A survey regarding the granting of conservation easements was administered to 472 Adirondack Park landowners (39.8% response rate). The theory of planned behavior (Ajzen, 1991) and a conceptual model for easement adoption proposed by Kabii and Horwitz (2006) served as a framework for the study. Analyzed constructs included attitudes, subjective norms, perceived behavioral control, nature conservation equity, nature conservation ethic, economic dependence on property, private property rights, confidence in permanent easement mechanisms, and demographic variables: gender, age, and years owned property. Significant positive relationships were identified between confidence in permanent easement mechanisms and attitude towards easements as well as subjective norms. Age was also positively related to attitude, and nature conservation ethic positively related to perceived behavioral control. Importance placed on private property rights was negatively related to attitude towards easements. Finally, attitude and subjective norms were positively related to intention to grant a conservation easement. Policy implications are included.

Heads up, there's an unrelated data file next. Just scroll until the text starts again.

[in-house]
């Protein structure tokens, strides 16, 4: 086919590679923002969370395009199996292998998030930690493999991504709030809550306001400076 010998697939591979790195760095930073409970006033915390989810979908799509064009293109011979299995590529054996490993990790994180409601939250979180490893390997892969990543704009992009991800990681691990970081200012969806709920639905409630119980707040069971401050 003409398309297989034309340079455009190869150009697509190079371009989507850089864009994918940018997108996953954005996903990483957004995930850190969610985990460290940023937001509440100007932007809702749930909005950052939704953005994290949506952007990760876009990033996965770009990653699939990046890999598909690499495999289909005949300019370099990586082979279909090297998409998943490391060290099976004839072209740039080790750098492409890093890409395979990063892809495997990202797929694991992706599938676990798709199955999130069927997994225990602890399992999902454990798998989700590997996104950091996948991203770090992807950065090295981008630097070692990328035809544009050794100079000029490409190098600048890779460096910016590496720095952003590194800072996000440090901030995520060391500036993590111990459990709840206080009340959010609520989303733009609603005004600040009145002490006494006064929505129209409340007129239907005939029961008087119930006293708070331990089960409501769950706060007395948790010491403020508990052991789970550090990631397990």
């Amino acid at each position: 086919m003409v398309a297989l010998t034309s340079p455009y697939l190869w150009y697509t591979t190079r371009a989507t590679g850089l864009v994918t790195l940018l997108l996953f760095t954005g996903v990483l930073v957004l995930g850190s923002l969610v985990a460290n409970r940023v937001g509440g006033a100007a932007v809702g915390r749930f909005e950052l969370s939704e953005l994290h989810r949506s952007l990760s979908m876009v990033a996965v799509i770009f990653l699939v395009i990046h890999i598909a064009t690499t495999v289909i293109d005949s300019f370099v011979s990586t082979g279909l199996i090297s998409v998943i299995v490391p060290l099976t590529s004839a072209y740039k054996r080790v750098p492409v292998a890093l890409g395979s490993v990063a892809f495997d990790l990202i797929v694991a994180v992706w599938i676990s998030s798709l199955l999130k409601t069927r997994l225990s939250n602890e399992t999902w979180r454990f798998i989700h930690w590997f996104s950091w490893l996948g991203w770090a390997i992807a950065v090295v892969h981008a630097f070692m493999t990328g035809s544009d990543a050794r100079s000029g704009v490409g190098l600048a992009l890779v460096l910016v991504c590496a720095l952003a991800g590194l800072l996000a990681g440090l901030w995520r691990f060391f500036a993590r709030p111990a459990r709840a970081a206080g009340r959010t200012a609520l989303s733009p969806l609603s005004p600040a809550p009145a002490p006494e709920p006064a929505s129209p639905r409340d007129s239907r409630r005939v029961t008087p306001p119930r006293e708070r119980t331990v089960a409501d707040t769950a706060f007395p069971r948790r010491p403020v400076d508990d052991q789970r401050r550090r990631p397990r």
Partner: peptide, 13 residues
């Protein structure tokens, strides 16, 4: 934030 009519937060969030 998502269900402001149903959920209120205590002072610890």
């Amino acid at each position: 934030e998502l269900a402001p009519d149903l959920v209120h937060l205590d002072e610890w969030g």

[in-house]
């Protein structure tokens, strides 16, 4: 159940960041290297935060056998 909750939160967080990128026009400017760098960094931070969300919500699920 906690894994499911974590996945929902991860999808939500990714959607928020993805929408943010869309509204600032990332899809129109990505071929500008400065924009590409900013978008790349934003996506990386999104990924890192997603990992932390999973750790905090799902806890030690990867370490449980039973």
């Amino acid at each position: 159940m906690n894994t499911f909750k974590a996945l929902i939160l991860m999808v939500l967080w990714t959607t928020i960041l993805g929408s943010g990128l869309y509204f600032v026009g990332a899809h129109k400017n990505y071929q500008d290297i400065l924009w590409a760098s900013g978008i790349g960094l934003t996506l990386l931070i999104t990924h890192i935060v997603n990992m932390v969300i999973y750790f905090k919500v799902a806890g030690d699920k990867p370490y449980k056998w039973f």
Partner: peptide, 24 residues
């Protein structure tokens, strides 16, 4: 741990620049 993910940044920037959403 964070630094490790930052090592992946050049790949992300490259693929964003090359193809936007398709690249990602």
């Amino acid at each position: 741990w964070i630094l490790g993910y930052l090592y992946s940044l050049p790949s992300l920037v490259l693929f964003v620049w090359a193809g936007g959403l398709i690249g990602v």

Key Words: conservation easement, Adirondack Park, Theory of Planned Behavior
|Advisor:||Kuehn, Diane M.|
|Commitee:||Bick, Steven, Dawson, Chad P.|
|School:||State University of New York College of Environmental Science and Forestry|
|Department:||Forest Resources Management|
|School Location:||United States -- New York|
|Source:||MAI 51/01M(E), Masters Abstracts International|
|Subjects:||Behavioral psychology, Natural Resource Management, Land Use Planning|
|Keywords:||Adirondack park, Conservation easement, Theory of planned behavior|
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